Organizations are doing things right when it comes to leveraging new platforms. This includes leveraging SaaS applications where it makes sense, leveraging the cloud and leveraging service providers for the right services as well.

The key advice I have to offer is to ensure that availability is thought of every step of the way.

MITCH: How do new platforms like hyper-converged infrastructure (HCI), advanced storage systems, and robust networking change the game in regards to availability?

RICK: They provide new “plumbing” to work with. New APIs, new networking techniques, and better snapshot capabilities. These are all important for efficient data flow for backup and recovery as well as replication and failover.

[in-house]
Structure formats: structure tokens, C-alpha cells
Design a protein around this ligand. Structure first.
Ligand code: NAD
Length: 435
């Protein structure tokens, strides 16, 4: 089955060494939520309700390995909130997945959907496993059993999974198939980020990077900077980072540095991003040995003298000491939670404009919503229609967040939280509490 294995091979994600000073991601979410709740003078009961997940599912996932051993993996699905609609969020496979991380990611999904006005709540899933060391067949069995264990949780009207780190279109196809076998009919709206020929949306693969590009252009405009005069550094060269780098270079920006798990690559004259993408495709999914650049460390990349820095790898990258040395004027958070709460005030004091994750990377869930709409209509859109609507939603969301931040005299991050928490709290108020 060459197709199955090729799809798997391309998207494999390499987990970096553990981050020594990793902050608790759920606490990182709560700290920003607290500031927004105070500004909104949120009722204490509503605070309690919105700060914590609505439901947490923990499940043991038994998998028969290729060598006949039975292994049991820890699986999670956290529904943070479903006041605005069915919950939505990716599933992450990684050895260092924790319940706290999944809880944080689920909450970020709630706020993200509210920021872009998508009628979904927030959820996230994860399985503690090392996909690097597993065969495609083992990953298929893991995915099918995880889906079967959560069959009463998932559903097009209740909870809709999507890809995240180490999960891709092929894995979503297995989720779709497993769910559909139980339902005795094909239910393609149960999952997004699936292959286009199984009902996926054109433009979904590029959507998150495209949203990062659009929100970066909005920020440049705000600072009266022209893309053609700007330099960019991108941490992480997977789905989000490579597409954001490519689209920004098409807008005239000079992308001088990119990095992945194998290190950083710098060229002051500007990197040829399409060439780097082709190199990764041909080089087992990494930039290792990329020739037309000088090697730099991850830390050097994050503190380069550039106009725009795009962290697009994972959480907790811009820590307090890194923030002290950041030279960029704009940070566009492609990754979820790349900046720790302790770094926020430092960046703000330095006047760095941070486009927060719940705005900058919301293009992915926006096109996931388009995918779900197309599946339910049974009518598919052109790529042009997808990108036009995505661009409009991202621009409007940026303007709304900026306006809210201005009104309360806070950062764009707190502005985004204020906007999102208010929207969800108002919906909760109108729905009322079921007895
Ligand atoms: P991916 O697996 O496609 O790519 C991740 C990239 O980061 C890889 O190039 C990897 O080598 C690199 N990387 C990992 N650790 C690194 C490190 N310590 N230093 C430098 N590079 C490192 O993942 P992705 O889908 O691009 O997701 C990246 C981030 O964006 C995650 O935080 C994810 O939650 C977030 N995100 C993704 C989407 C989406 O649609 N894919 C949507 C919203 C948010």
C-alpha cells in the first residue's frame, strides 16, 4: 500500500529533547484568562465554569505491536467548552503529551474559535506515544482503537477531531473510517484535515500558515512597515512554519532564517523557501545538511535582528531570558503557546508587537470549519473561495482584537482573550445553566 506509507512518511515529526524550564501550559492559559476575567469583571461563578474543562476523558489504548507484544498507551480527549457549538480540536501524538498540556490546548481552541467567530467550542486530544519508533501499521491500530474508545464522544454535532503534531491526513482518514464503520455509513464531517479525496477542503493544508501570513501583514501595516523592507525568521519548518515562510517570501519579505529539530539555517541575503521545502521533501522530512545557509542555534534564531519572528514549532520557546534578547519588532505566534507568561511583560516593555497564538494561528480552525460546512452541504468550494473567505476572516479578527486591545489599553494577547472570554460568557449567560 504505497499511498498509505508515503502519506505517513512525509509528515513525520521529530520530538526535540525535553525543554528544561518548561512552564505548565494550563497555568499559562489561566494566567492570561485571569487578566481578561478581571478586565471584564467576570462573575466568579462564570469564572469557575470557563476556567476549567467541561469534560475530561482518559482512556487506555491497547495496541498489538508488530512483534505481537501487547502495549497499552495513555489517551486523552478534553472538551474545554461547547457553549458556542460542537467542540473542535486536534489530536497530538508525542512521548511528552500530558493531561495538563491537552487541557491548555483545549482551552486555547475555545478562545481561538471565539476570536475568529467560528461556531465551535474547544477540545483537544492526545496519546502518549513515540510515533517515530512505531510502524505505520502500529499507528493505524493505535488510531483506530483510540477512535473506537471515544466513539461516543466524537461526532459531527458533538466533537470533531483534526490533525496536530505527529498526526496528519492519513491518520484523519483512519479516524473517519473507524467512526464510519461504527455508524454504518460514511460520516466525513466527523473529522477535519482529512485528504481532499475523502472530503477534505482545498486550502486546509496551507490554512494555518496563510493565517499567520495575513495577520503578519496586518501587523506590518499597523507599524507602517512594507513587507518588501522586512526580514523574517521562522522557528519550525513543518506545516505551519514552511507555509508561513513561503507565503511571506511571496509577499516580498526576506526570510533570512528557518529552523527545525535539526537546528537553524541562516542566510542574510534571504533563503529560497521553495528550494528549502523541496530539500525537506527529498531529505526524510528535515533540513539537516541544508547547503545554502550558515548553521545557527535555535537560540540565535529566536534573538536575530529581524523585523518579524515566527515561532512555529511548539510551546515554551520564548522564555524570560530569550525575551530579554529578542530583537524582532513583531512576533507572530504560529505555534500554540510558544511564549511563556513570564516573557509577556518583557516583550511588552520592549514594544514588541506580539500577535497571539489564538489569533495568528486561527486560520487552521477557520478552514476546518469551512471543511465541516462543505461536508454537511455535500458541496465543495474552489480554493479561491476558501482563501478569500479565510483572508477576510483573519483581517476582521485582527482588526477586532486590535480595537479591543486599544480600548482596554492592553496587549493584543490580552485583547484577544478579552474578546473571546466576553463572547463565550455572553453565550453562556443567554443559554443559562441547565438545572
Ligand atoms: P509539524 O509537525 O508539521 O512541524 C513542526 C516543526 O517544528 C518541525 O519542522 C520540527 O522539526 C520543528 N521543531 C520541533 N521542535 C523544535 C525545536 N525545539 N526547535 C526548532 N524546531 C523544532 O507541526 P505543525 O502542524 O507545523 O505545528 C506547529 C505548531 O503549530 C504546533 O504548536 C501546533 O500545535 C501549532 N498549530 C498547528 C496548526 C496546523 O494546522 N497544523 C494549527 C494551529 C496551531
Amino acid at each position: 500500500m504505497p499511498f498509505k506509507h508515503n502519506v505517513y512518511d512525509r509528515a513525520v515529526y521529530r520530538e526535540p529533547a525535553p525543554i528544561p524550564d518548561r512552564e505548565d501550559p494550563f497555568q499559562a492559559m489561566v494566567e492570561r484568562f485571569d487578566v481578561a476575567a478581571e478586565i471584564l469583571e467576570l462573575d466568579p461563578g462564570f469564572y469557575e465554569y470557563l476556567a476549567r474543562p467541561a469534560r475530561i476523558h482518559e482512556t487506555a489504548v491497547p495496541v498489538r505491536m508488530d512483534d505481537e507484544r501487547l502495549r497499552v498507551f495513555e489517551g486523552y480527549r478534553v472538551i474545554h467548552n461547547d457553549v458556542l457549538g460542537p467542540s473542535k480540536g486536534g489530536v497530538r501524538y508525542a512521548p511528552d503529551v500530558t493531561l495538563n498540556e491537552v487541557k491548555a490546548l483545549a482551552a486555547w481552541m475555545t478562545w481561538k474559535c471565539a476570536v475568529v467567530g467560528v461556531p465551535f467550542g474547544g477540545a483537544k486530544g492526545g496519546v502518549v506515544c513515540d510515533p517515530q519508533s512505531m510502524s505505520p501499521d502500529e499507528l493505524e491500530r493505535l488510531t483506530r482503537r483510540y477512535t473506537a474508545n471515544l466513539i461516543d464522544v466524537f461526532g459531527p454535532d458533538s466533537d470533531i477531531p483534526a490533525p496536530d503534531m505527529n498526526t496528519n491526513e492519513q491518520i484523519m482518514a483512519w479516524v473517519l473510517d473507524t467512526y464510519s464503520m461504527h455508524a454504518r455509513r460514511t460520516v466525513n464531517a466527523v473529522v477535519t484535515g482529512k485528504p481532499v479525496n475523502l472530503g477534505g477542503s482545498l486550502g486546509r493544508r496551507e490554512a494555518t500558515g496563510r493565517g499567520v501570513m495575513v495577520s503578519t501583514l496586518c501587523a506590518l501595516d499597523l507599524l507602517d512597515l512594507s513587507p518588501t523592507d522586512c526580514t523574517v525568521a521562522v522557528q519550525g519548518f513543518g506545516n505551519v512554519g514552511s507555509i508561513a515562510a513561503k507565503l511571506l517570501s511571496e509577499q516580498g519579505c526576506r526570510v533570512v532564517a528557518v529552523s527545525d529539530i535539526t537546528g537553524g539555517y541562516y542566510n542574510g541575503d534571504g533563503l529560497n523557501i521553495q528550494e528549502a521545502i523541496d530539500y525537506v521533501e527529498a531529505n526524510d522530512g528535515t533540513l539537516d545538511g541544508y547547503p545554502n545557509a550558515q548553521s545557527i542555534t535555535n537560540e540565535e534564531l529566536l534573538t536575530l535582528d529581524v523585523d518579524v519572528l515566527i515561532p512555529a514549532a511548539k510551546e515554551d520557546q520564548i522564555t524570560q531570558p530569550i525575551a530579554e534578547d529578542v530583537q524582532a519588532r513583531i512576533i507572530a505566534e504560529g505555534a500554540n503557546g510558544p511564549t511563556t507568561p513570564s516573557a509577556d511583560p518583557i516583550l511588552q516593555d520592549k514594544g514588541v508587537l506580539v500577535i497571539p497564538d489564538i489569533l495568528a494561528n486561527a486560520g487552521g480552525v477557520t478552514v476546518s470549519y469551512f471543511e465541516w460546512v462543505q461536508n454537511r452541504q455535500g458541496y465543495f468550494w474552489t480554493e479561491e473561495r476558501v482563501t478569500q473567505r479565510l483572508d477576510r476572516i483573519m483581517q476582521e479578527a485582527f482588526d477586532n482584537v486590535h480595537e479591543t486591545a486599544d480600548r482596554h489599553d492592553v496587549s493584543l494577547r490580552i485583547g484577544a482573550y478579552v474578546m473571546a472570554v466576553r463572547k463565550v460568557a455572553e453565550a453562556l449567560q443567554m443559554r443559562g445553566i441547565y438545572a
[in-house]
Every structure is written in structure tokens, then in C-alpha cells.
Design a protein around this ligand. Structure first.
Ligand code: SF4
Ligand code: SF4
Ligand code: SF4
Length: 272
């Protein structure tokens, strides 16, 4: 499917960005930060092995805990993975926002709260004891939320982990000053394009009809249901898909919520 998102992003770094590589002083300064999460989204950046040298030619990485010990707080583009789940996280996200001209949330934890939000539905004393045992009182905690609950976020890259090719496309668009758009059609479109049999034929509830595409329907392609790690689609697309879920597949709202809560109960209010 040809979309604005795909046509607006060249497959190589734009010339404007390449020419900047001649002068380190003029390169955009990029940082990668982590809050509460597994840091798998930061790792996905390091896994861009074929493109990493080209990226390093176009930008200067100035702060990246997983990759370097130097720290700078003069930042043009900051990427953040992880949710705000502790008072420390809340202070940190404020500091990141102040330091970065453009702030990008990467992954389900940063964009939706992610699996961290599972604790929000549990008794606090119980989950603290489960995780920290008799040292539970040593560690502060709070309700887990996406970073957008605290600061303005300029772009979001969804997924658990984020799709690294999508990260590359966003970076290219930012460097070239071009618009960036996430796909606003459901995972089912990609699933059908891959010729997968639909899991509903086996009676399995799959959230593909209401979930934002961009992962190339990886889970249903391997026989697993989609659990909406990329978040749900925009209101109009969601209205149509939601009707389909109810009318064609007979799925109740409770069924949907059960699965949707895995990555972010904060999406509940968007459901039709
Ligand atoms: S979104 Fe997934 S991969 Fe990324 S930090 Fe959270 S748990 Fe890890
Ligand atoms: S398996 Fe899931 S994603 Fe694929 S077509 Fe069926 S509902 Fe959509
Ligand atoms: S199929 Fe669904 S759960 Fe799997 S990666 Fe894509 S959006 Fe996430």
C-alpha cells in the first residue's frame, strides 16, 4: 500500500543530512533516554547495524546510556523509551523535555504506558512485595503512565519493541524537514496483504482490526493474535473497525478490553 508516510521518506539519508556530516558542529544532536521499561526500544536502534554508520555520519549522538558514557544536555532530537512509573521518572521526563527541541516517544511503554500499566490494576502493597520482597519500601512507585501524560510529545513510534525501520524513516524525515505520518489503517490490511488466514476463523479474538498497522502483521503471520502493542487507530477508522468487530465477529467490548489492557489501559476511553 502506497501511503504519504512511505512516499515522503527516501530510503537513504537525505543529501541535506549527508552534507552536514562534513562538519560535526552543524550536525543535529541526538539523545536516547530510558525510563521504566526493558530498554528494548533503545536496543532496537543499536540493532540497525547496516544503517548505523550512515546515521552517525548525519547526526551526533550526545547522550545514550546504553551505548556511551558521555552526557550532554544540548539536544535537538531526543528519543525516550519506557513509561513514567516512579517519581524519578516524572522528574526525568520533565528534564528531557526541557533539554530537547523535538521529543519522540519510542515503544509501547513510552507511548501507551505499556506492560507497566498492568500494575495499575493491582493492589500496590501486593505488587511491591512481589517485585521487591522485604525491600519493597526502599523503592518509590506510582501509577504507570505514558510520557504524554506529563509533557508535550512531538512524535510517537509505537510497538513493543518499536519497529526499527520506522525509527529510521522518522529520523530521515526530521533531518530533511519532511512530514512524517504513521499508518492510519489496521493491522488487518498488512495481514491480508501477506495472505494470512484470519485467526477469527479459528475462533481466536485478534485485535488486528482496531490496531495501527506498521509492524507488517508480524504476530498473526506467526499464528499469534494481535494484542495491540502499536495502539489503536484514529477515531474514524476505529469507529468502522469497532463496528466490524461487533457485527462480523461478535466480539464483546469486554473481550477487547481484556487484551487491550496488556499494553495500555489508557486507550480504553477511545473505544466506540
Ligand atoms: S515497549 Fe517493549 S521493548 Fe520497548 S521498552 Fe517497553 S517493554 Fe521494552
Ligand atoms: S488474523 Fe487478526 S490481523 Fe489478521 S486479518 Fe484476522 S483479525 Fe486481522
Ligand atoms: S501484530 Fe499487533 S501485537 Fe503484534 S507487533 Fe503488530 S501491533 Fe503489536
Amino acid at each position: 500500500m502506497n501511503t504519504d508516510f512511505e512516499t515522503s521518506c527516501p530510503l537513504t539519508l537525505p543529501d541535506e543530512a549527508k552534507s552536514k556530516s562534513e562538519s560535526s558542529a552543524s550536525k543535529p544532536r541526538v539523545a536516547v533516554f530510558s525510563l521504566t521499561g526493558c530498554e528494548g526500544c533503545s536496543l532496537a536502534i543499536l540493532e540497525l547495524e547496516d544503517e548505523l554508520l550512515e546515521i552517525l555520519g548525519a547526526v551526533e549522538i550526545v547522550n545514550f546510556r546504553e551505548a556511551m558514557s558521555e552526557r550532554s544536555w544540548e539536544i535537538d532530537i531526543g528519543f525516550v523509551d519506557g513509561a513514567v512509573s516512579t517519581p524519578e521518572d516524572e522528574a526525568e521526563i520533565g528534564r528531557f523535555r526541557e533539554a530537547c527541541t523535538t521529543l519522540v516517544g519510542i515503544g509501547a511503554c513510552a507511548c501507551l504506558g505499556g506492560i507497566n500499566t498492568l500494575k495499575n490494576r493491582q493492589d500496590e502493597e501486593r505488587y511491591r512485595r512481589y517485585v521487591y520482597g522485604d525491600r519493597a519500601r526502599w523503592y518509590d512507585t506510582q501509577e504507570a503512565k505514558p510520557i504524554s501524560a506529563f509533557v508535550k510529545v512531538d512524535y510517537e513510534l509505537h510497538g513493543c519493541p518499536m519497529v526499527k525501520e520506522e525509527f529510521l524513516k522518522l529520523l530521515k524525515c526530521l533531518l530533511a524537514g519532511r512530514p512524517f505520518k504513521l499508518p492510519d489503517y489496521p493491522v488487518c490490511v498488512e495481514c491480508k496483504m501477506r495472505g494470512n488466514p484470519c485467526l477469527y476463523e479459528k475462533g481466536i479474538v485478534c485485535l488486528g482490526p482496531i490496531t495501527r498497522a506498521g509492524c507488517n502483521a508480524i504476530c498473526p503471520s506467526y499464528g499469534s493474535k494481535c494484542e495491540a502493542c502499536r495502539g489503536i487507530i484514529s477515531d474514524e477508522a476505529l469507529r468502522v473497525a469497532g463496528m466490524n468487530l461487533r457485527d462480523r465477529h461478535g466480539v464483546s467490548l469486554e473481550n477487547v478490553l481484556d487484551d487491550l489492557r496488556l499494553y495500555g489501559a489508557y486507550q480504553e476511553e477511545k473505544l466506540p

Veeam has always invested in APIs and platform capabilities to address data movement at scale. The new technology platforms in the mix are built in the same mindset as well.

MITCH: Looking ahead then, what do you see in the future for business continuity and disaster recovery?

RICK: I see a continued push for completeness. Organizations will make changes to applications, data, and other critical systems to make them more “DR friendly.” A good example is a legacy application that sits on a physical server that is obsolete on an operating system out of support for three years. Can that application really have good DR? No.

The key advice I have to offer is to ensure that availability is thought of every step of the way.